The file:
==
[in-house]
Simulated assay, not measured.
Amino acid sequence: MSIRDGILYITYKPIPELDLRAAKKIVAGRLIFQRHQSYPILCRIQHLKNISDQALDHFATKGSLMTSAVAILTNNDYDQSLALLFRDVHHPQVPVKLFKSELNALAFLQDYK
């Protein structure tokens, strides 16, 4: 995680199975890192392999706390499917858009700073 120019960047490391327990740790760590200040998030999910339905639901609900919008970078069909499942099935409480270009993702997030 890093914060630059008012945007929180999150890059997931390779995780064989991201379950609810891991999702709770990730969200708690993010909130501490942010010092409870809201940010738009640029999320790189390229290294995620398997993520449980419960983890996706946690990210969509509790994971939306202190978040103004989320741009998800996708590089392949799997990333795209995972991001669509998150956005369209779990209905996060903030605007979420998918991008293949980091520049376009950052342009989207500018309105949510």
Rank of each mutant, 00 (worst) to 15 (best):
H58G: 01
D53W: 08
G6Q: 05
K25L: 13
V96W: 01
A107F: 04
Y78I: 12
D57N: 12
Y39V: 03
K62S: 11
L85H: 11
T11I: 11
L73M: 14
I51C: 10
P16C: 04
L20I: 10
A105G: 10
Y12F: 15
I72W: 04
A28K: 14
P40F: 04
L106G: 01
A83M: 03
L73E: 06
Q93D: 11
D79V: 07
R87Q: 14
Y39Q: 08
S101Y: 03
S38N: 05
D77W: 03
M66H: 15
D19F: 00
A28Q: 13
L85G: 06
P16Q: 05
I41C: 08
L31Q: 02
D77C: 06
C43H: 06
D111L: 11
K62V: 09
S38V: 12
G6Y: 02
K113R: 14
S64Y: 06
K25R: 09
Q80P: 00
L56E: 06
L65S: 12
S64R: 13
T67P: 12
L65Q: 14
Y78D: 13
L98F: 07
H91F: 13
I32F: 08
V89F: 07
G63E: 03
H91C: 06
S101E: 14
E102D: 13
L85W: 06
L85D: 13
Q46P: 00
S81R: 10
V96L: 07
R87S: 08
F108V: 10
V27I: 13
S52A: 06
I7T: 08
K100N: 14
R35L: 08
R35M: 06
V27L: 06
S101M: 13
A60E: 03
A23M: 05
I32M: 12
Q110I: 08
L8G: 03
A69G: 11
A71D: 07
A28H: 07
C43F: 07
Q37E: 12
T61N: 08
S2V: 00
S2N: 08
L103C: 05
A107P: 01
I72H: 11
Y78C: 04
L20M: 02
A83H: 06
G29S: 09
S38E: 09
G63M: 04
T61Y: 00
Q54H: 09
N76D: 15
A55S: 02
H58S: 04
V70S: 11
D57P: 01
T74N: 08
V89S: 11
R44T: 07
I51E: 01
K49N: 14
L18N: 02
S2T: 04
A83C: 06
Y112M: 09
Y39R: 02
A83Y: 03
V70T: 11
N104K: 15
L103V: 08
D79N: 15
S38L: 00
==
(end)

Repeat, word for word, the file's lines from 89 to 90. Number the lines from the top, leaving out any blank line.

A71D: 07
A28H: 07